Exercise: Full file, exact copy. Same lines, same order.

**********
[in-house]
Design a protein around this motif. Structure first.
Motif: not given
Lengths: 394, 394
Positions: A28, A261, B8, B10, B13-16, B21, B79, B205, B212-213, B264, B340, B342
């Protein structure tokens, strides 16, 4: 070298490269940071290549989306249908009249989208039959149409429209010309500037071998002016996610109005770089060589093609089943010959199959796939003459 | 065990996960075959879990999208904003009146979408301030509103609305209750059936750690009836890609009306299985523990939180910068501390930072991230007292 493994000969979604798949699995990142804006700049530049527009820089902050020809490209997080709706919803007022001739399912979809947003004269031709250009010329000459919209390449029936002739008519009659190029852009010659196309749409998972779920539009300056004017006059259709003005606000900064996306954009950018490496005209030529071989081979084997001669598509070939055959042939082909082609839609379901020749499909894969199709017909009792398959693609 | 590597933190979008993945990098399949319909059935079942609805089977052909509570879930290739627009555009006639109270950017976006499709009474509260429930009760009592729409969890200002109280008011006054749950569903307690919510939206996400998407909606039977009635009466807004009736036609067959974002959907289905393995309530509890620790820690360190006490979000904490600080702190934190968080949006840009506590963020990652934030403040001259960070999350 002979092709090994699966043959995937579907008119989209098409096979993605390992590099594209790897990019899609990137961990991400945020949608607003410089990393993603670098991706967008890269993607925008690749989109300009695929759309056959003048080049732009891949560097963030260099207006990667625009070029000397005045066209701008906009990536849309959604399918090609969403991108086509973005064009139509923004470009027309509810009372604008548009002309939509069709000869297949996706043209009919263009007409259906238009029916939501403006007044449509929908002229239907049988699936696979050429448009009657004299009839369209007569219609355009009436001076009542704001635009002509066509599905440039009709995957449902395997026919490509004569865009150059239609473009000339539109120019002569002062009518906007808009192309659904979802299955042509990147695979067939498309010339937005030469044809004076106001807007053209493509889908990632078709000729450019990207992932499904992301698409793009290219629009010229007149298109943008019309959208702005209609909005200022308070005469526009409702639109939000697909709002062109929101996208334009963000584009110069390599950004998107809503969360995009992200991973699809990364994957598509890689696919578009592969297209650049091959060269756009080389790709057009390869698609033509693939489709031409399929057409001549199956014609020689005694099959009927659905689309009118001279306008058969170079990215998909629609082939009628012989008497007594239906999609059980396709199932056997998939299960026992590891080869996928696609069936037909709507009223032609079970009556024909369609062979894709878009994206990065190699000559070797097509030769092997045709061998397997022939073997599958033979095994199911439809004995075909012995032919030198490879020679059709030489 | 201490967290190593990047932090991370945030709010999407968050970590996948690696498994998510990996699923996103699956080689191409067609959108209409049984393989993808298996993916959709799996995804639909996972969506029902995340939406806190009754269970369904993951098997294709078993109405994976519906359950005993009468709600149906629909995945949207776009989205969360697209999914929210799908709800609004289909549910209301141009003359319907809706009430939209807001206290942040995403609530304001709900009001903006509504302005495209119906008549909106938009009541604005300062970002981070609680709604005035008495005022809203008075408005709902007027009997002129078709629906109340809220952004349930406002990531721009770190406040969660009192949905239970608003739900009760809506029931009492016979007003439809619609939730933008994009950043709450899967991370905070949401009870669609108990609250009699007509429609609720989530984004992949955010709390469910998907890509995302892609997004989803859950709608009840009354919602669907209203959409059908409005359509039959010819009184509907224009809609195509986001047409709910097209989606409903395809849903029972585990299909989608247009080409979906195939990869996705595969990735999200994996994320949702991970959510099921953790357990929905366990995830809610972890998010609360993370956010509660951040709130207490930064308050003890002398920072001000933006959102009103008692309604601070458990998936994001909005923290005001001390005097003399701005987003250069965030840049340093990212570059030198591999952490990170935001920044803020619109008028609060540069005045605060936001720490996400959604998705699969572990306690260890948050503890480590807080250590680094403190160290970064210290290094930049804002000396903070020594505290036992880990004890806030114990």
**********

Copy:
[in-house]
Design a protein around this motif. Structure first.
Motif: not given
Lengths: 394, 394
Positions: A28, A261, B8, B10, B13-16, B21, B79, B205, B212-213, B264, B340, B342
């Protein structure tokens, strides 16, 4: 070298490269940071290549989306249908009249989208039959149409429209010309500037071998002016996610109005770089060589093609089943010959199959796939003459 | 065990996960075959879990999208904003009146979408301030509103609305209750059936750690009836890609009306299985523990939180910068501390930072991230007292 493994000969979604798949699995990142804006700049530049527009820089902050020809490209997080709706919803007022001739399912979809947003004269031709250009010329000459919209390449029936002739008519009659190029852009010659196309749409998972779920539009300056004017006059259709003005606000900064996306954009950018490496005209030529071989081979084997001669598509070939055959042939082909082609839609379901020749499909894969199709017909009792398959693609 | 590597933190979008993945990098399949319909059935079942609805089977052909509570879930290739627009555009006639109270950017976006499709009474509260429930009760009592729409969890200002109280008011006054749950569903307690919510939206996400998407909606039977009635009466807004009736036609067959974002959907289905393995309530509890620790820690360190006490979000904490600080702190934190968080949006840009506590963020990652934030403040001259960070999350 002979092709090994699966043959995937579907008119989209098409096979993605390992590099594209790897990019899609990137961990991400945020949608607003410089990393993603670098991706967008890269993607925008690749989109300009695929759309056959003048080049732009891949560097963030260099207006990667625009070029000397005045066209701008906009990536849309959604399918090609969403991108086509973005064009139509923004470009027309509810009372604008548009002309939509069709000869297949996706043209009919263009007409259906238009029916939501403006007044449509929908002229239907049988699936696979050429448009009657004299009839369209007569219609355009009436001076009542704001635009002509066509599905440039009709995957449902395997026919490509004569865009150059239609473009000339539109120019002569002062009518906007808009192309659904979802299955042509990147695979067939498309010339937005030469044809004076106001807007053209493509889908990632078709000729450019990207992932499904992301698409793009290219629009010229007149298109943008019309959208702005209609909005200022308070005469526009409702639109939000697909709002062109929101996208334009963000584009110069390599950004998107809503969360995009992200991973699809990364994957598509890689696919578009592969297209650049091959060269756009080389790709057009390869698609033509693939489709031409399929057409001549199956014609020689005694099959009927659905689309009118001279306008058969170079990215998909629609082939009628012989008497007594239906999609059980396709199932056997998939299960026992590891080869996928696609069936037909709507009223032609079970009556024909369609062979894709878009994206990065190699000559070797097509030769092997045709061998397997022939073997599958033979095994199911439809004995075909012995032919030198490879020679059709030489 | 201490967290190593990047932090991370945030709010999407968050970590996948690696498994998510990996699923996103699956080689191409067609959108209409049984393989993808298996993916959709799996995804639909996972969506029902995340939406806190009754269970369904993951098997294709078993109405994976519906359950005993009468709600149906629909995945949207776009989205969360697209999914929210799908709800609004289909549910209301141009003359319907809706009430939209807001206290942040995403609530304001709900009001903006509504302005495209119906008549909106938009009541604005300062970002981070609680709604005035008495005022809203008075408005709902007027009997002129078709629906109340809220952004349930406002990531721009770190406040969660009192949905239970608003739900009760809506029931009492016979007003439809619609939730933008994009950043709450899967991370905070949401009870669609108990609250009699007509429609609720989530984004992949955010709390469910998907890509995302892609997004989803859950709608009840009354919602669907209203959409059908409005359509039959010819009184509907224009809609195509986001047409709910097209989606409903395809849903029972585990299909989608247009080409979906195939990869996705595969990735999200994996994320949702991970959510099921953790357990929905366990995830809610972890998010609360993370956010509660951040709130207490930064308050003890002398920072001000933006959102009103008692309604601070458990998936994001909005923290005001001390005097003399701005987003250069965030840049340093990212570059030198591999952490990170935001920044803020619109008028609060540069005045605060936001720490996400959604998705699969572990306690260890948050503890480590807080250590680094403190160290970064210290290094930049804002000396903070020594505290036992880990004890806030114990």